The quarterback play was competent on both the North and South squads when practices as the Senior Bowl opened on Tuesday. Two players on the North in particular stood out when the defenses went 7-on-7 or full 11-on-11.
That’s where Beathard and Peterman shined. The passing game looked unusually crisp for the North with Beathard and Peterman behind center. We say unusually, because it’s common for quarterbacks and receivers to take a few practices to sync their timing and rhythm.
That wasn’t the case for Beathard and Peterman.
Sefo Liufau of Colorado was the third quarterback on the North squad, and he seemed to lack some of the natural arm strength of the other quarterbacks, but he is also the most mobile of the Northern bunch. Dobbs also had success extending plays with his scrambling ability.
Again, this is a competent group of backs, but there isn’t anyone out there that is going to jeopardize the draft position of the likes of LSU’s Leonard Fournette or Florida State’s Dalvin Cook, among others.
One of the more intriguing players on either squad was a teammate of Cook’s with the Seminoles. Freddie Stevenson at 6-foot-1 and 240 pounds is a devastating blocker at fullback, but he’s also a solid receiver out of the backfield. That versatility and toughness should make him an interesting pick for a team that still knows how to use a big, fast, versatile fullback.
Listed at 6-1 and 225 pounds, Toledo’s Kareem Hunt also showed some good things during the first session for the North. Pardon the pun, but big backs with strength and balance who are able to get North/South quickly and break a tackle seem to have much more use in the NFL than a make-you-miss undersized speedster out of the backfield. Hunt fits the bill.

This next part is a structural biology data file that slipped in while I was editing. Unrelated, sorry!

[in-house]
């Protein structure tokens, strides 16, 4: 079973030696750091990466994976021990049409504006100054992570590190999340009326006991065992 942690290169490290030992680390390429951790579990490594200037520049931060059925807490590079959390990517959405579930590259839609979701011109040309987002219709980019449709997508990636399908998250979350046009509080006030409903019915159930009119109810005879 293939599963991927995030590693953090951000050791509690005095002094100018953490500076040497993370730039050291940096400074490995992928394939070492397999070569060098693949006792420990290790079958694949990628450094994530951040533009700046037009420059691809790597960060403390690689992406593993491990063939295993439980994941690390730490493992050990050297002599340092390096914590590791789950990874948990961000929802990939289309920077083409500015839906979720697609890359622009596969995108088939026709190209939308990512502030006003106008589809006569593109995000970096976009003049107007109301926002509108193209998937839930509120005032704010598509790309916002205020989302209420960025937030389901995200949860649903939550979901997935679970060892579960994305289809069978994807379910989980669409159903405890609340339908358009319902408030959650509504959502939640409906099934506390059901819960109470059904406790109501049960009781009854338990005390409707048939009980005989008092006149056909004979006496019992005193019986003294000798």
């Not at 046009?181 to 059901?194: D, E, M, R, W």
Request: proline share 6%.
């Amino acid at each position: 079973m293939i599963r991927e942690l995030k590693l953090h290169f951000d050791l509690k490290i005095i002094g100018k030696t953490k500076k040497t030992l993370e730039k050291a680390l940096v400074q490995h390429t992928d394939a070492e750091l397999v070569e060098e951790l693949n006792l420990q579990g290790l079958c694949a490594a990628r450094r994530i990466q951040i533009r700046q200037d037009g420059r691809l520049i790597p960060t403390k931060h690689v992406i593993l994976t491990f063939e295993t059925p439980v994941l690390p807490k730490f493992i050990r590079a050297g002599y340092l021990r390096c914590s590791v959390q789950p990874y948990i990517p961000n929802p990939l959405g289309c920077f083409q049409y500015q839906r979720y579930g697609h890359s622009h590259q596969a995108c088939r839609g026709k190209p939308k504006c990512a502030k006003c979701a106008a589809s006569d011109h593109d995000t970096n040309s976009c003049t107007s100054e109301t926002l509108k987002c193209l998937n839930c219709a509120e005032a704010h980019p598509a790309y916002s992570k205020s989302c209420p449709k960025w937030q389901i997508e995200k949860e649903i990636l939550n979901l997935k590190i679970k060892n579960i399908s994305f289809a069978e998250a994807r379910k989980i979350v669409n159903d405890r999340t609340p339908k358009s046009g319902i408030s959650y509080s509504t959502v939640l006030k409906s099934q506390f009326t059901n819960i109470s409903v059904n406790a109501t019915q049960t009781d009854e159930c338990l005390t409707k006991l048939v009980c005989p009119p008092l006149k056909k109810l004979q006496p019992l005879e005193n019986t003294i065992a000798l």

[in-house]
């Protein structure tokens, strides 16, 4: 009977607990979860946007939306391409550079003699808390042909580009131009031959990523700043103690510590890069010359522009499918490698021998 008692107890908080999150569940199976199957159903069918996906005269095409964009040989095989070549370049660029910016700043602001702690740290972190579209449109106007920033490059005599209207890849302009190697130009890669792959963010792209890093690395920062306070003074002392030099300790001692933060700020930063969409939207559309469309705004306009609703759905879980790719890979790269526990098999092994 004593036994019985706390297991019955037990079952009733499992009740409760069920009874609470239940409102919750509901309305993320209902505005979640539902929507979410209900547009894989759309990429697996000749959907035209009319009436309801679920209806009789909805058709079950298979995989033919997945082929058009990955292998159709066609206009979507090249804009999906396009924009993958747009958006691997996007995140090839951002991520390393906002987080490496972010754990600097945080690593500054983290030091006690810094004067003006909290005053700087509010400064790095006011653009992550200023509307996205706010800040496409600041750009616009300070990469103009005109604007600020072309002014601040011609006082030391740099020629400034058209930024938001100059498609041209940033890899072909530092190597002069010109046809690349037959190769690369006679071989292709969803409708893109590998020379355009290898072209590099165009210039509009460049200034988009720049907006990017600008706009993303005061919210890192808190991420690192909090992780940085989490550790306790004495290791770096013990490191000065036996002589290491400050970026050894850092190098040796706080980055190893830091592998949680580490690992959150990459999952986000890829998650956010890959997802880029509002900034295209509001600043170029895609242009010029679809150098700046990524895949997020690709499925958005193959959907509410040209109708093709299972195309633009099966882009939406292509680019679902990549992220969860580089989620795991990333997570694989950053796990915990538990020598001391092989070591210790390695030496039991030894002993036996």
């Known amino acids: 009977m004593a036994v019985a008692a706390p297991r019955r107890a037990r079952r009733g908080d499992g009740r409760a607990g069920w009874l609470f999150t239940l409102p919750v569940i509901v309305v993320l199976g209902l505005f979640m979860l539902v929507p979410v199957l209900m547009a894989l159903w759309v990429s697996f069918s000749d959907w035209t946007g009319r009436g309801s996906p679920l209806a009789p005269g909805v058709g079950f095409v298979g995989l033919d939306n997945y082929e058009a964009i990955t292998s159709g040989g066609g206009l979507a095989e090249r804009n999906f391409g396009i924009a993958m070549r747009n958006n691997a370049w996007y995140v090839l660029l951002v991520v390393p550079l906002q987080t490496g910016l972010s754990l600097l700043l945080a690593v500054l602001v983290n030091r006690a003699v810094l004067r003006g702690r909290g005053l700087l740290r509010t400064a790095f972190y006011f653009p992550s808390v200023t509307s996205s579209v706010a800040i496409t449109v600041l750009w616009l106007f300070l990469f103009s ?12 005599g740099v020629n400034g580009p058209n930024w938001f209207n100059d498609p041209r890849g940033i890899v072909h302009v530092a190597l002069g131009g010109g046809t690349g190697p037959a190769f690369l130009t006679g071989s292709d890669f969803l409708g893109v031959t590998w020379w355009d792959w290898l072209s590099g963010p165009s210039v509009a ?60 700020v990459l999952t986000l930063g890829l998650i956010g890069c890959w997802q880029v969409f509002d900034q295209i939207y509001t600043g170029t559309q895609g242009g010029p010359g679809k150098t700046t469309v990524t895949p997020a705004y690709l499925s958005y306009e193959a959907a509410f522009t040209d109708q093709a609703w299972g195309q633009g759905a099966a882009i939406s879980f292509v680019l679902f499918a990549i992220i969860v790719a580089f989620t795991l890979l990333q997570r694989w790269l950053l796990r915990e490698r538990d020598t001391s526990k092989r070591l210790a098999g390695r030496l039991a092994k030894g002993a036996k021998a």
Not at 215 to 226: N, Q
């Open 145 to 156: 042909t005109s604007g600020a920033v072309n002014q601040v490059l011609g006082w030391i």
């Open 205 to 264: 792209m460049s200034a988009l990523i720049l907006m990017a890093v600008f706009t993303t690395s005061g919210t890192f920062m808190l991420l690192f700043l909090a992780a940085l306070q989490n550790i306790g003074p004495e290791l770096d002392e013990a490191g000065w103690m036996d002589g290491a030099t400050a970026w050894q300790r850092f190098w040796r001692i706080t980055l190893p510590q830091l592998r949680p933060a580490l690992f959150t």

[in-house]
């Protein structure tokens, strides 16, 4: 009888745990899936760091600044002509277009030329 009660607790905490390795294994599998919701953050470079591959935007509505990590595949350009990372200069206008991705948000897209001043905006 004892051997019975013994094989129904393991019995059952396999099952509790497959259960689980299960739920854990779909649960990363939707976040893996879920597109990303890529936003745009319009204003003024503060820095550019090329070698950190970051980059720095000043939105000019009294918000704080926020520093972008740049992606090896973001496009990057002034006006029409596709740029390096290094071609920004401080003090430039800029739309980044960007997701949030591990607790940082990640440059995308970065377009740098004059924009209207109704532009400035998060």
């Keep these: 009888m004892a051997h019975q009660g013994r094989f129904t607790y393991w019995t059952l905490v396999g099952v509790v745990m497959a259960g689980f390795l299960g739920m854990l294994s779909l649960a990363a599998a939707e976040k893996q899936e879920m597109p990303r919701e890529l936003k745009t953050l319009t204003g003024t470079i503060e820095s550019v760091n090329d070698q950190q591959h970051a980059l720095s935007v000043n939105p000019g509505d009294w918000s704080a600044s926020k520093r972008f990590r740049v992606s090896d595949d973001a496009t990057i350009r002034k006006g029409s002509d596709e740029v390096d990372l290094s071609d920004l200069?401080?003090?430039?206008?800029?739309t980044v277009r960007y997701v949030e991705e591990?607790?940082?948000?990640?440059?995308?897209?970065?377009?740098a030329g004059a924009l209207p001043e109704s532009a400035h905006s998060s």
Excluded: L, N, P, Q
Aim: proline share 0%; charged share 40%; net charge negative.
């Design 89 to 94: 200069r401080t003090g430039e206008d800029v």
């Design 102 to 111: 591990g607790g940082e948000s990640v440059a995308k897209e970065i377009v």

The theme of the day at the receiver position was the small-school players making their mark. During the South’s practice it was Grambling’s Chad Williams who seemed to have an extra gear coming in and out of his breaks and was catching everything near him. He measured 6-0.5 and was just under 200 pounds and was winning his reps in one-on-ones and scrimmage situations.
It could have been Williams who suited up for the North in the second session. It wasn’t, but Zay Johnson of East Carolina could have been his twin. All of the superlatives heaped on Williams for the South could fit Johnson. Listed at 6-1 and 197 pounds, they are almost equal size, and if anything Johnson has a bit more burst coming in and out of his breaks. Johnson could be a triple threat for the North on reverses, in the passing game, and as a return man.
The catch of the day, however, went to an established Power-5 conference man in Syracuse’s Amba Etta-Tawo. Etta-Tawo was second among Power-5 conference players in yards last year with 1,482 (Dede Westbrook, 1,524), and he elevated on an underthrown fade to pick the ball off the helmet of the defensive back to get the first “oooooh” catch as the crowd of scouts and media approved of his good work.
Howard started the day with a leaping one-handed catch and finished with a long touchdown down the seam.